The performance tests for the Tang and Han were quite easy to grasp. For the Tang SUV, there was the traction exercise wherein we were made to perform quick evasive maneuvers on a soapy and slippery surface (in this case, a giant linoleum sheet). The Tang’s all-wheel drive, combined with the traction and stability controls, allowed the drivers to retain control of the vehicle despite the slippery conditions. Veteran motorsports instructor Georges Ramirez, who supervised the clinic, remarked that the exercise was “uneventful because the Tang is just behaving too well.”

And this beast of a machine does need to behave well, what with 700 Nm of torque at the driver’s disposal, and the ability to accelerate from 0 to 100 kph in just 4.9 seconds.

Horizontal rocket

That was the image in my mind after subjecting my body to the G-forces of the luxury sedan Han’s acceleration and torque. If you can’t imagine how 0 to 100 kph in 3.9 seconds feels like, welcome to my club. I certainly had a somewhat rude awakening when I buckled down onto this rocket, and launched horizontally. It only took around 50 meters for the Han to reach maximum legal expressway speed from standstill. A quick look at the spec sheet tells me how the Han can do this: An AWD drivetrain with a 2-motor configuration (same as the Tang) that churns out 244 and 271 ps of power at the front and rear, respectively, and 700 N-m of torque. The Han offers three drive modes— economy, normal and sport. I assume that I was on normal mode when I did the acceleration test. Otherwise, God help us in sport mode.

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On paper

The Tang’s spec sheet reveals it has a 5-star Euro NCAP safety rating awarded in 2023. It has adaptive cruise control, 360-degree around view camera with see through mode, front and rear sensor system, blind spot detection, and the works. Inside, it has the state-of-the-art rotating 15.6-inch touchscreen. I just wish BYD didn’t use Nappa leather (usually derived from calves, lambs and kid goats), since sustainability, for me, would also mean not using animals for their skin. There are already better materials that would not require slaughtering animals. The proprietary BYD Blade Battery, according to its maker, is “the only battery to safely pass the nail penetration test: No fire emitted, no smoke emitted” with the help of its unique array arrangement and honeycomb structure that serves as a structural beam, adding strength to the battery. The 108.8-kWh battery enables the Tang to achieve 530km of range. It also has a claimed long battery life—over 3,000 charge and discharge cycles.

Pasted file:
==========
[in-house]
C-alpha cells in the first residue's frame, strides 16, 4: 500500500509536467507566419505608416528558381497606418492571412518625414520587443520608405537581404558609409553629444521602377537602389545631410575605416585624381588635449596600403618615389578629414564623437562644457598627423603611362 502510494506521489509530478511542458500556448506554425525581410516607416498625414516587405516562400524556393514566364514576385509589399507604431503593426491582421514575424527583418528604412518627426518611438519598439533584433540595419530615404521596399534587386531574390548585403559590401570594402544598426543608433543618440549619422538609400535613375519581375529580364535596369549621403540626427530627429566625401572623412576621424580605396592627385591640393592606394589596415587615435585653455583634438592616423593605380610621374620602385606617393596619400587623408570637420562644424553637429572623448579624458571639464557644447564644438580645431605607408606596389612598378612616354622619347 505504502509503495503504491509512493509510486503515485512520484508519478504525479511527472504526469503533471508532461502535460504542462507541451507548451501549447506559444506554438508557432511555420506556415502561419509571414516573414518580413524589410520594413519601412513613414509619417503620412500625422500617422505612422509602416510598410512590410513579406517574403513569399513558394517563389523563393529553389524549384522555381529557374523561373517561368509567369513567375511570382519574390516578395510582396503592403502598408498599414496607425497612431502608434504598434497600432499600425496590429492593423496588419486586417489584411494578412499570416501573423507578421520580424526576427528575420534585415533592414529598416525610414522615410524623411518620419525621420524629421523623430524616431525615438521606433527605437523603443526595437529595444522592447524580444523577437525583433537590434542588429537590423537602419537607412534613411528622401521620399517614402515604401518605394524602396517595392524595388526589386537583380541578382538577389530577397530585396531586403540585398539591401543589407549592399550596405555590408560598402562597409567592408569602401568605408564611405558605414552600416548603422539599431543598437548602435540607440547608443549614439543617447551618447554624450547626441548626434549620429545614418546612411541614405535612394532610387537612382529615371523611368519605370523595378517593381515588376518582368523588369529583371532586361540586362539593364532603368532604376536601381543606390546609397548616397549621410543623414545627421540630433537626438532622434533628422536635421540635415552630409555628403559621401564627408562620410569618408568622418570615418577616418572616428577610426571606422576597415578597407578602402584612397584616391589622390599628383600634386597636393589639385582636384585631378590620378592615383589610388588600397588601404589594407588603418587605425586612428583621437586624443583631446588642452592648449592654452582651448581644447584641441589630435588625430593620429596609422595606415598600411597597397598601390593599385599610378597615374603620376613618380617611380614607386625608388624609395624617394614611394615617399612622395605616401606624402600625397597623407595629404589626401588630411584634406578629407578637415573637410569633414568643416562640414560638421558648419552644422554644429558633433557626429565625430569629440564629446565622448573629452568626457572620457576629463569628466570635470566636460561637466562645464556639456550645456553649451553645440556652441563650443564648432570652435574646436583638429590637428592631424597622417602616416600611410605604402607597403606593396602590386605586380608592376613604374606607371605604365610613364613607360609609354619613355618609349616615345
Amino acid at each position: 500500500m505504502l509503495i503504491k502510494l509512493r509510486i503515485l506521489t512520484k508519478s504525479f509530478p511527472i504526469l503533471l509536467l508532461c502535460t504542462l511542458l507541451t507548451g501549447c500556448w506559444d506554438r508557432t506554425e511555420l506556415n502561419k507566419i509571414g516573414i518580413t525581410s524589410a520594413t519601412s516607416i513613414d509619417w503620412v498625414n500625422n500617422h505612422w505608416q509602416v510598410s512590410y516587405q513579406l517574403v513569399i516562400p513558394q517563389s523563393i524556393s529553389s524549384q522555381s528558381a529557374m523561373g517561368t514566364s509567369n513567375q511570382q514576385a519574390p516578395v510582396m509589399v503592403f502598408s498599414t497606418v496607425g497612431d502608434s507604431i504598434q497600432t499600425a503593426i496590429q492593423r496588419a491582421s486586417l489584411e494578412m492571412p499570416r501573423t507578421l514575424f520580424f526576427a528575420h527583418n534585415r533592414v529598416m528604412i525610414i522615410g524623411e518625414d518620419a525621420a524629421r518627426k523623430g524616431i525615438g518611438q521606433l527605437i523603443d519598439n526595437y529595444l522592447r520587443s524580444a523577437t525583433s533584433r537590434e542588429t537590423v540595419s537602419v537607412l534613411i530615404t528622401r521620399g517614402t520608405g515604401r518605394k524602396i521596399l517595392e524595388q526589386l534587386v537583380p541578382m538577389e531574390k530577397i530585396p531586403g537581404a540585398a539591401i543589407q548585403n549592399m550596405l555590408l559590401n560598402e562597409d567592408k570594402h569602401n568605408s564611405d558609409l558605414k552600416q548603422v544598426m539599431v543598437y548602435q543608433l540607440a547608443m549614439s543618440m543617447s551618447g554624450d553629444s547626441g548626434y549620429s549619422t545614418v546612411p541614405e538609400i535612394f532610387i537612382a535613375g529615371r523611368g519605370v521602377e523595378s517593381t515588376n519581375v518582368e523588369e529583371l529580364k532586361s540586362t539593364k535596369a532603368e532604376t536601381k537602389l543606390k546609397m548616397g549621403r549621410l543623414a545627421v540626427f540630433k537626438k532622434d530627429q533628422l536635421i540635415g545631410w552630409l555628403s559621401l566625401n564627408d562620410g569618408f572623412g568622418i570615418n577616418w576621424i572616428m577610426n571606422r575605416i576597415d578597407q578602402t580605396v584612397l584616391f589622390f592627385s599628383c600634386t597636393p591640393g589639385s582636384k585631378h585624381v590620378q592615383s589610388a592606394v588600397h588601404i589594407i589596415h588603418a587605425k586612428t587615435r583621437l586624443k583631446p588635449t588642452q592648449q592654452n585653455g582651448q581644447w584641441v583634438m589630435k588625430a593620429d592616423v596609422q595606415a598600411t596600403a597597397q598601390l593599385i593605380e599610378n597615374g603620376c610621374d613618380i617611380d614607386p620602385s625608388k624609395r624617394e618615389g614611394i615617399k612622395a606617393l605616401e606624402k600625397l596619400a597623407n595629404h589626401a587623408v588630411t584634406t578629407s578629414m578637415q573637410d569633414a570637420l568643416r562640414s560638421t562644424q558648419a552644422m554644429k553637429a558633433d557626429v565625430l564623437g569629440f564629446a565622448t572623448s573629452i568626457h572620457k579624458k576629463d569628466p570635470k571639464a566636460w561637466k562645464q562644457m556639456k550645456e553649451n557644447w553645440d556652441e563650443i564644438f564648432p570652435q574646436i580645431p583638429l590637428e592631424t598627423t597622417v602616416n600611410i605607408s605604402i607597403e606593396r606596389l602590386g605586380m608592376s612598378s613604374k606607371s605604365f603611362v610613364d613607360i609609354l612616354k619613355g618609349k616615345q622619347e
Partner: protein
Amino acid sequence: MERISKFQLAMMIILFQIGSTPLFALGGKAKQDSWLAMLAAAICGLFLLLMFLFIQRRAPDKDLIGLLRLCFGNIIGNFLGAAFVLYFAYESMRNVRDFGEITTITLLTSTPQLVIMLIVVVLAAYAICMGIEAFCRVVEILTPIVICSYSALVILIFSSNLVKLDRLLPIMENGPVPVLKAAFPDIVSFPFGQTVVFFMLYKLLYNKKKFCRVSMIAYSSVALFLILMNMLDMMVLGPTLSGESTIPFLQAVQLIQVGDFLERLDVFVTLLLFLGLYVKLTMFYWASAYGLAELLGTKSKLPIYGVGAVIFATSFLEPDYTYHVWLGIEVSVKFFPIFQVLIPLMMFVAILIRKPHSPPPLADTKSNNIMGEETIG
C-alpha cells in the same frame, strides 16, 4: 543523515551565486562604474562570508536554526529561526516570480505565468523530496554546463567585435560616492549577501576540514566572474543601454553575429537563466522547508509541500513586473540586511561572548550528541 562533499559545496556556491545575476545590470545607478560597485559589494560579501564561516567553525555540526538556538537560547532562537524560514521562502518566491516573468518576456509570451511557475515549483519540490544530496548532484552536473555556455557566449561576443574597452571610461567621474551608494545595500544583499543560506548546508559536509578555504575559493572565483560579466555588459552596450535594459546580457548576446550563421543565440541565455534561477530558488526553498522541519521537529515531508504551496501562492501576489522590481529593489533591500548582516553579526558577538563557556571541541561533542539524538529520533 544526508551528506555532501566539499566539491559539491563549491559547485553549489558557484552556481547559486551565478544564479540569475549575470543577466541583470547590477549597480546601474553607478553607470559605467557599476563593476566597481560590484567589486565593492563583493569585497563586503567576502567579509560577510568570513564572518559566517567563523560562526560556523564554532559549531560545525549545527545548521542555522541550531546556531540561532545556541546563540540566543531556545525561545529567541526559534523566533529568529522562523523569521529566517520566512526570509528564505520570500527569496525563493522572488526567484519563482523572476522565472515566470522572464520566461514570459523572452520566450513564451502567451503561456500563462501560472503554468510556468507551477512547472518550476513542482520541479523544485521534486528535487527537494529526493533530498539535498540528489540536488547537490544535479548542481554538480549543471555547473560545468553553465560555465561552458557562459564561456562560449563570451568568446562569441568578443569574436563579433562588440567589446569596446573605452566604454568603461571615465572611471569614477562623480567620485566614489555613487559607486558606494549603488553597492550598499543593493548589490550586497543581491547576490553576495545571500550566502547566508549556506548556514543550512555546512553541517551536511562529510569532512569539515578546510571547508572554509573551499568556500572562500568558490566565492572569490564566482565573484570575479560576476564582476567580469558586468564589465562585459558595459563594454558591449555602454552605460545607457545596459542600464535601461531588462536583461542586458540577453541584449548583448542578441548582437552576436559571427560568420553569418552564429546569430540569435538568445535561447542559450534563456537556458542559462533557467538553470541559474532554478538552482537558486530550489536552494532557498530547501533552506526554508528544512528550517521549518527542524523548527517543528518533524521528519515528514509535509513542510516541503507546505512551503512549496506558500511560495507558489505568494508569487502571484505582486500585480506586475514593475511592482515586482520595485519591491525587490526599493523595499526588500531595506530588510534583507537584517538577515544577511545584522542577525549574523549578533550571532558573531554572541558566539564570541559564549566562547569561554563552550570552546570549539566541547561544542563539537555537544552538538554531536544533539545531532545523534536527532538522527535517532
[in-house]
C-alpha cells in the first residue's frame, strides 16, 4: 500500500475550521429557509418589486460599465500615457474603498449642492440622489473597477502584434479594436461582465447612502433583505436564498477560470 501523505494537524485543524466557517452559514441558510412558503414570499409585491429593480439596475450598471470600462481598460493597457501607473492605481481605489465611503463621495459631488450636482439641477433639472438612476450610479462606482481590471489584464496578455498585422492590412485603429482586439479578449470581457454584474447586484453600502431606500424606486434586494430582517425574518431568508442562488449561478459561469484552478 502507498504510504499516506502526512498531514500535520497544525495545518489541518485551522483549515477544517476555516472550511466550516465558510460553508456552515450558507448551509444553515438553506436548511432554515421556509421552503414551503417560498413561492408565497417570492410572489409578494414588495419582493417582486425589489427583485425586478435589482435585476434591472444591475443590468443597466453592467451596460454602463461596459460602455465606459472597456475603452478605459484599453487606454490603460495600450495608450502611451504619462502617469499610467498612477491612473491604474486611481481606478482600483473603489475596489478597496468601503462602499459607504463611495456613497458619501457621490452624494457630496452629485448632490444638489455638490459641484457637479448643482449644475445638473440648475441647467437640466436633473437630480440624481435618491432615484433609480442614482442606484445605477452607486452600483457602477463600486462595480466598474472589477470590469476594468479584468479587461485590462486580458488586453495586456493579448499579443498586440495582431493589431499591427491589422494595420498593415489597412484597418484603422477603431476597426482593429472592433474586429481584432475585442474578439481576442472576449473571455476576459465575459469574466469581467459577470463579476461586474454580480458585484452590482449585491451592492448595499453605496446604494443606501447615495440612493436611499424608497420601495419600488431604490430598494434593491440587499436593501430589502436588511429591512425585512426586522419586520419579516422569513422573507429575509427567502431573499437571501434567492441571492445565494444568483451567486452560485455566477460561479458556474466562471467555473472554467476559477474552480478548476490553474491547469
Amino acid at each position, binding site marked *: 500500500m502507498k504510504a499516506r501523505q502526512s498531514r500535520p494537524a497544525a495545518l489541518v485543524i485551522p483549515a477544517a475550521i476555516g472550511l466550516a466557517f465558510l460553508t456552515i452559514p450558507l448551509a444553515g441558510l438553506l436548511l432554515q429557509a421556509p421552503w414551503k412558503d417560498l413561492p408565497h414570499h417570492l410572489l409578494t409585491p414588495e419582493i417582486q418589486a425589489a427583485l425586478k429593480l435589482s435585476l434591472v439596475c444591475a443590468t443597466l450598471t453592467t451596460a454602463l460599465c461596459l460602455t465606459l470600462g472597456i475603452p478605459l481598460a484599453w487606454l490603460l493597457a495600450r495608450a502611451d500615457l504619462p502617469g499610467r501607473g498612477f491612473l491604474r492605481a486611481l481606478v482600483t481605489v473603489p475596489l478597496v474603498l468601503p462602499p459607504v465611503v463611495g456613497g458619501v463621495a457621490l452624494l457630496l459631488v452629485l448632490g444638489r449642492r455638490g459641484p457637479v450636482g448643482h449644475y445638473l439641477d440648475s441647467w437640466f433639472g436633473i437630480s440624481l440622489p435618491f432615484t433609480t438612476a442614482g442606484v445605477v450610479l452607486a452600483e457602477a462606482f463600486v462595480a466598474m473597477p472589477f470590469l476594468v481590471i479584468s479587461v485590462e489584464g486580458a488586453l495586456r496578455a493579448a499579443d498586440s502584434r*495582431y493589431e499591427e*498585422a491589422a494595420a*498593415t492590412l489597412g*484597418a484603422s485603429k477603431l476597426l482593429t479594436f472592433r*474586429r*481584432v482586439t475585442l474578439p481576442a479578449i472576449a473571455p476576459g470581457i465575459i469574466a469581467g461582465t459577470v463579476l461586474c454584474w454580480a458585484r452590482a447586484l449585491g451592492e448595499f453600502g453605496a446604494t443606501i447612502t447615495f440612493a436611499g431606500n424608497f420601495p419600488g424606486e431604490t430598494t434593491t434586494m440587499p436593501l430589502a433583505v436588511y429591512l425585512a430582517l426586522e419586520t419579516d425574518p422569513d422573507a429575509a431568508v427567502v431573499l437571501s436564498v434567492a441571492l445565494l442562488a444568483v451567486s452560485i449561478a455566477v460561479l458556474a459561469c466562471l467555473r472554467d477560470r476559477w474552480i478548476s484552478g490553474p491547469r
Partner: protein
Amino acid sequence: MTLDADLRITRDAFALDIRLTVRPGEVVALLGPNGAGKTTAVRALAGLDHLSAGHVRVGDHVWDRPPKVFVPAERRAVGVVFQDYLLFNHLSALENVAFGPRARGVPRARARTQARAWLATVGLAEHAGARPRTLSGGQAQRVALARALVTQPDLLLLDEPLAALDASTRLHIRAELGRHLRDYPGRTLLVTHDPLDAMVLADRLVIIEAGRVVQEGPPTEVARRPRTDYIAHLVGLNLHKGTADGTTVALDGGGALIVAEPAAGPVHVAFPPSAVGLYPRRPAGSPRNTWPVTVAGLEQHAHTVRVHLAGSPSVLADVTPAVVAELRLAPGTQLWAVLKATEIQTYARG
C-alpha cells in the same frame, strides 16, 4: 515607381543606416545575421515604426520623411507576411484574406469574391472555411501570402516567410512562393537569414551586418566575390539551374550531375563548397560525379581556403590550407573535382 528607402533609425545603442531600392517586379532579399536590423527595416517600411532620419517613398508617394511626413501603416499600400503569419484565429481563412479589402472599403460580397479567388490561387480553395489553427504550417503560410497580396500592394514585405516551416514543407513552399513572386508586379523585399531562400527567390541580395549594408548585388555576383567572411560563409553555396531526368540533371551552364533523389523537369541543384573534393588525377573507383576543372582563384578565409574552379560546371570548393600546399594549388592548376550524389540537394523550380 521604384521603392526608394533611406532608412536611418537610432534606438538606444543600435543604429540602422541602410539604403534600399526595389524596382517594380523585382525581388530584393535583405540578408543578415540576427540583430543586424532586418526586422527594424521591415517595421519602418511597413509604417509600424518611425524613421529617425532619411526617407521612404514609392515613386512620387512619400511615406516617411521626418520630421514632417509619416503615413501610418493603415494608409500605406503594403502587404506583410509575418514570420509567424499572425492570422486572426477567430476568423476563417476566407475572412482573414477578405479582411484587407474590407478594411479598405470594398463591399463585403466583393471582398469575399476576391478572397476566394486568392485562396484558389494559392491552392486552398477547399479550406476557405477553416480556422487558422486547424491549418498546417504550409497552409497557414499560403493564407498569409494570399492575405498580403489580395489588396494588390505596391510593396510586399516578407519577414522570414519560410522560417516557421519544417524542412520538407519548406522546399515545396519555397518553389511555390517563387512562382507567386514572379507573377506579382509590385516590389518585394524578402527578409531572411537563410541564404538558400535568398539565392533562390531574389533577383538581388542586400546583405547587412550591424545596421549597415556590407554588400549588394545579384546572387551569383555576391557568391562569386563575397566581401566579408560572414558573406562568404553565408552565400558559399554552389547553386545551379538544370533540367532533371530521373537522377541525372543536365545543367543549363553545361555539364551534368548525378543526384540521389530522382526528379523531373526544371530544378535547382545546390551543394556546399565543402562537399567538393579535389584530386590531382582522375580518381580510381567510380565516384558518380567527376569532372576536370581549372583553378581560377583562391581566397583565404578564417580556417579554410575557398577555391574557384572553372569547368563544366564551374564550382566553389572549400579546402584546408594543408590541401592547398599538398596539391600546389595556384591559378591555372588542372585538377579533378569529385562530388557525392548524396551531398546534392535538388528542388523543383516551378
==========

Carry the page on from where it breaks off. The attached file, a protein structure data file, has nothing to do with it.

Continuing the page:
Ownership savings of up to 70 percent

Patrick Manigbas, AC Mobility marketing director, told the participants that the ownership savings for using the Tang and Han compared to its ICE counterparts, could run up to 70 percent.

Mikko David, BYD Cars Philippines’ head of corporate communications, said that every BYD vehicle comes with a portable charger which you can plug at home. The Han and Tang also have V2L features (vehicle to load). The owner can plug the cable on the charging socket/port, which would act as an extension of sorts, and you can plug your coffee maker, electric fan, lights and go camping. It is capable of supplying power to your gadgets and appliances in case of an emergency or power outage.

BYD Cars Philippines now has six active dealerships: BGC, Pampanga, Cebu, Makati, Quezon Avenue and Davao, which is about to open. For this year, there will be 22 to 25 dealerships nationwide, all flagship sizes and flagship amenities.